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Just 17% of Londoners think organic materials are key to sustainable fashion

today Oct 1, 2019
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Fashion brands are accelerating their efforts to offer more organic cotton, wool and silk products, but new research suggests that ethical and fair trade practices play a bigger role in people’s perception of sustainability.


A survey of 1,000 people conducted by KPMG for British online marketplace Onbuy.com has identified the key features Londoners think best define sustainable fashion.

For 48% of Londoners, ethical and fair trade/labour practices are the most important attributes of sustainable fashion, surpassing the 31% who think eco fashion should entail the use of no hazardous chemicals and pollution-free production.

Another 30% think high quality/durable products and biodegradable/sustainable packaging embody their idea of sustainable fashion. And notably, just 17% consider the use of organic materials like cotton, wool and silk as a key component, the survey revealed.

“Sustainable fashion is now more than a fancy buzzword. Retailers are making a conscious effort to reduce the negative environmental impact different parts of their operations/processes may be causing. Likewise, brands are actively introducing various initiatives to encourage and help their customers to become more environmentally friendly. Despite this, people still have varying perceptions of what sustainable fashion truly is,” said Cas Paton, managing director of OnBuy.com.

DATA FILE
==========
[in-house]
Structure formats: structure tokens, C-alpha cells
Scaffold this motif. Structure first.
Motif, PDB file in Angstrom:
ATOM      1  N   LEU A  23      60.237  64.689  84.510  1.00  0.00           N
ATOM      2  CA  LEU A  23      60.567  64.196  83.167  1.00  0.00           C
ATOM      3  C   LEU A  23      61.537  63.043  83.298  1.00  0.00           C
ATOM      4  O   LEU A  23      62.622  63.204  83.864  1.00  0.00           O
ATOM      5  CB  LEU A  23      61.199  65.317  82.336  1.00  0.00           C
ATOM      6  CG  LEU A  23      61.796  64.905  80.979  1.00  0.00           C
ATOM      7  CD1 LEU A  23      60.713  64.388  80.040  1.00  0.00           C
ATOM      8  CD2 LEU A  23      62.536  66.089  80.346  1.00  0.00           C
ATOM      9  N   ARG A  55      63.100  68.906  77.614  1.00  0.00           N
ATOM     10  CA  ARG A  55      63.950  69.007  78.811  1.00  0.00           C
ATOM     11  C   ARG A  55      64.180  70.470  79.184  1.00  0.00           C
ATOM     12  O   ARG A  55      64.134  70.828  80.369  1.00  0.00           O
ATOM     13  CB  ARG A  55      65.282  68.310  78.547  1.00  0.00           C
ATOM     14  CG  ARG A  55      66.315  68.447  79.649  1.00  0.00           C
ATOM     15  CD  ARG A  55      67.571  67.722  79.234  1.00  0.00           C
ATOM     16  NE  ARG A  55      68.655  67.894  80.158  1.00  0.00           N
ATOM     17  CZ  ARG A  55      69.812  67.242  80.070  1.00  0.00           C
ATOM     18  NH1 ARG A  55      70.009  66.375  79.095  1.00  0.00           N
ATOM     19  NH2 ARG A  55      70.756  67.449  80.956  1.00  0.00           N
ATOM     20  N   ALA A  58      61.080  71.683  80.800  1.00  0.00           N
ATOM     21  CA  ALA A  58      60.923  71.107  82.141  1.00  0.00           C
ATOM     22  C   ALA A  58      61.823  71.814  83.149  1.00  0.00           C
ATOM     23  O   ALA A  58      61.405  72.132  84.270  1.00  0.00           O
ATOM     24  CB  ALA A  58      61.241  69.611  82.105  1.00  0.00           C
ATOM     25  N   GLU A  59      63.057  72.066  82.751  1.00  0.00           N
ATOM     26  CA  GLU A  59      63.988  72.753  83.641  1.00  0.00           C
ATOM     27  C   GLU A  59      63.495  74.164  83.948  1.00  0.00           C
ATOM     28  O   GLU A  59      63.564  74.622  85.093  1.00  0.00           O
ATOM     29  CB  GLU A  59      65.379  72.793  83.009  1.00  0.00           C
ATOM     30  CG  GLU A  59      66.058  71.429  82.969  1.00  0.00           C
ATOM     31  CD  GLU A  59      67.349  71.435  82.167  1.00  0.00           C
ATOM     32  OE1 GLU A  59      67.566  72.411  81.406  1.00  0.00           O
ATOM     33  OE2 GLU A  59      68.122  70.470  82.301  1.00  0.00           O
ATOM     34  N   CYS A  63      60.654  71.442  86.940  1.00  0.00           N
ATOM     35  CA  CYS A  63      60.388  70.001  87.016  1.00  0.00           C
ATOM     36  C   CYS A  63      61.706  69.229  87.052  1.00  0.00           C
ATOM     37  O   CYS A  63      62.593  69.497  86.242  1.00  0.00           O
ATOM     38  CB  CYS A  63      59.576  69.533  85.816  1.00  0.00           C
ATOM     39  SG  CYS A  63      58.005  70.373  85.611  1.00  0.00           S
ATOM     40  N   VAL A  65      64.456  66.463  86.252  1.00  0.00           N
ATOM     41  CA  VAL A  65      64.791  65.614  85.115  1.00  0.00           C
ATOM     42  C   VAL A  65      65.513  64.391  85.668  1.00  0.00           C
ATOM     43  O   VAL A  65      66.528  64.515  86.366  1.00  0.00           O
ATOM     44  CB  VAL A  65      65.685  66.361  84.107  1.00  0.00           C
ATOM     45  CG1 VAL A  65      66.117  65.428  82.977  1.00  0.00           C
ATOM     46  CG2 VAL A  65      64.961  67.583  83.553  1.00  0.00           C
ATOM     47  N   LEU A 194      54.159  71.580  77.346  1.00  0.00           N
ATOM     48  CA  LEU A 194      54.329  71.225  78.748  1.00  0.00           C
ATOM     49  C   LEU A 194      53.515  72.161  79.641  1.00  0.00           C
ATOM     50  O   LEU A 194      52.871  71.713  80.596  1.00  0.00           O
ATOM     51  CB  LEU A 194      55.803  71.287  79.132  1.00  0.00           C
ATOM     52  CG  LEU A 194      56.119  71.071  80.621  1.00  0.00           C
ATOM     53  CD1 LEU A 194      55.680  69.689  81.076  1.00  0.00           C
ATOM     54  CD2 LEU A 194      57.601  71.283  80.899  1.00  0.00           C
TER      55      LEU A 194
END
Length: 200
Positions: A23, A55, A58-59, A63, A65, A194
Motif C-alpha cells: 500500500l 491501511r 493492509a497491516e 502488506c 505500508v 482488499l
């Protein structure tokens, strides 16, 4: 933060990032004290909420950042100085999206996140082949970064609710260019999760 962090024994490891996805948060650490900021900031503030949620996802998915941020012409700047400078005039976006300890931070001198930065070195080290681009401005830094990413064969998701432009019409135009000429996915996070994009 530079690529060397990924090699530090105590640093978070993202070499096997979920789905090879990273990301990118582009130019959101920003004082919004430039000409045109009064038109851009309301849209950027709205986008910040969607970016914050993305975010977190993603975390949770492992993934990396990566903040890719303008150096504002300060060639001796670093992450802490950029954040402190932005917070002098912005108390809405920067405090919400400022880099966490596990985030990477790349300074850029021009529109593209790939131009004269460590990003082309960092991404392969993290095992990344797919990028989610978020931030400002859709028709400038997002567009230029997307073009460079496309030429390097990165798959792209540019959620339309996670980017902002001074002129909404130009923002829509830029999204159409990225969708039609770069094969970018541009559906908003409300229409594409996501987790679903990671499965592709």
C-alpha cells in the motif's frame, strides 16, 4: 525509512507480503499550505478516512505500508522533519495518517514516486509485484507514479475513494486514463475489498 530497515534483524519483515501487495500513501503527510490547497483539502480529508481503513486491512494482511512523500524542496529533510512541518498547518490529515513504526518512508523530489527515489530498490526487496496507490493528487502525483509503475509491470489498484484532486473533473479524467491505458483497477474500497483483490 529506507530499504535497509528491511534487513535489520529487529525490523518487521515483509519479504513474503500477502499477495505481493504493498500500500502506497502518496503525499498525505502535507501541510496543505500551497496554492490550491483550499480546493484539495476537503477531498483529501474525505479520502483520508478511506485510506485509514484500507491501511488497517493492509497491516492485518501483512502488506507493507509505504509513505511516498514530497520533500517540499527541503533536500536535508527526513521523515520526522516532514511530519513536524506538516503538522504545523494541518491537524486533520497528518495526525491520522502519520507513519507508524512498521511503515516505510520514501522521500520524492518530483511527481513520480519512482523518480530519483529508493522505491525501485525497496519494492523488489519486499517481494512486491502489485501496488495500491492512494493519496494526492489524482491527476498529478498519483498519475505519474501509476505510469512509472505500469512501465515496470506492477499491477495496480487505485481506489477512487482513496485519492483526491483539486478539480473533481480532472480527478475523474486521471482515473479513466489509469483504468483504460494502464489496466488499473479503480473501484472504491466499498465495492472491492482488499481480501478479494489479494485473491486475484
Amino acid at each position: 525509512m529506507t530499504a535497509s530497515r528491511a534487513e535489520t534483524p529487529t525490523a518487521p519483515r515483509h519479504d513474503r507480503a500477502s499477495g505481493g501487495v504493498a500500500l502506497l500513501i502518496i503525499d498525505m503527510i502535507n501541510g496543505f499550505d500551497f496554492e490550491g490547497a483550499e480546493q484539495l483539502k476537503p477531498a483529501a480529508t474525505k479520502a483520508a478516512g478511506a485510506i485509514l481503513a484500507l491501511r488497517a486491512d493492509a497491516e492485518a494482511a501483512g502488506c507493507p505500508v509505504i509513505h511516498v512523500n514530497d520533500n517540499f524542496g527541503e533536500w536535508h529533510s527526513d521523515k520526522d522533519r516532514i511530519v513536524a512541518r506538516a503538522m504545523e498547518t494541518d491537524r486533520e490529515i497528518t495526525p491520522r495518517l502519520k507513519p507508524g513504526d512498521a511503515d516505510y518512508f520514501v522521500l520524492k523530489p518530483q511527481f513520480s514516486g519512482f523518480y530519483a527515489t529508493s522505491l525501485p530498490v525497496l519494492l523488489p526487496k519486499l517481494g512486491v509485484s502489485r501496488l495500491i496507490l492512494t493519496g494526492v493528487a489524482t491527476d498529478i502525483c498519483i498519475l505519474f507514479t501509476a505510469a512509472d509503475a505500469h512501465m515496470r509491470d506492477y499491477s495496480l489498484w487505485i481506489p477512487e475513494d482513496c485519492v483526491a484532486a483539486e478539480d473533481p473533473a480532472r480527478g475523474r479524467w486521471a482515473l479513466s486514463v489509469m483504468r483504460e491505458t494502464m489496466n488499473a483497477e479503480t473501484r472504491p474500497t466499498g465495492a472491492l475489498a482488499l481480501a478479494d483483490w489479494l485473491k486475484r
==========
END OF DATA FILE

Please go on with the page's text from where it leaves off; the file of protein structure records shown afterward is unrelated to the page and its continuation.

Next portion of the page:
“This research certainly highlights the actions taken by brands which consumers most regard to be under the umbrella of sustainable fashion - with some very surprising outcomes”.

Despite many brands investing in take-back programmes, just 6% of Londoners value these initiatives and a mere 2% associate sharing schemes and rental services when they think of sustainable fashion.

The findings also highlighted that 57% of shoppers in the capital would pay more if they believe the products represent good value for money.

Of the shoppers, 49% would be influenced to buy more if the items are of good quality, and 28% are happy to spend more if the materials are eco-friendly. In contrast, only 25% said the environmental friendliness concept/message of a brand played a role when deciding whether to shop more with a brand. 

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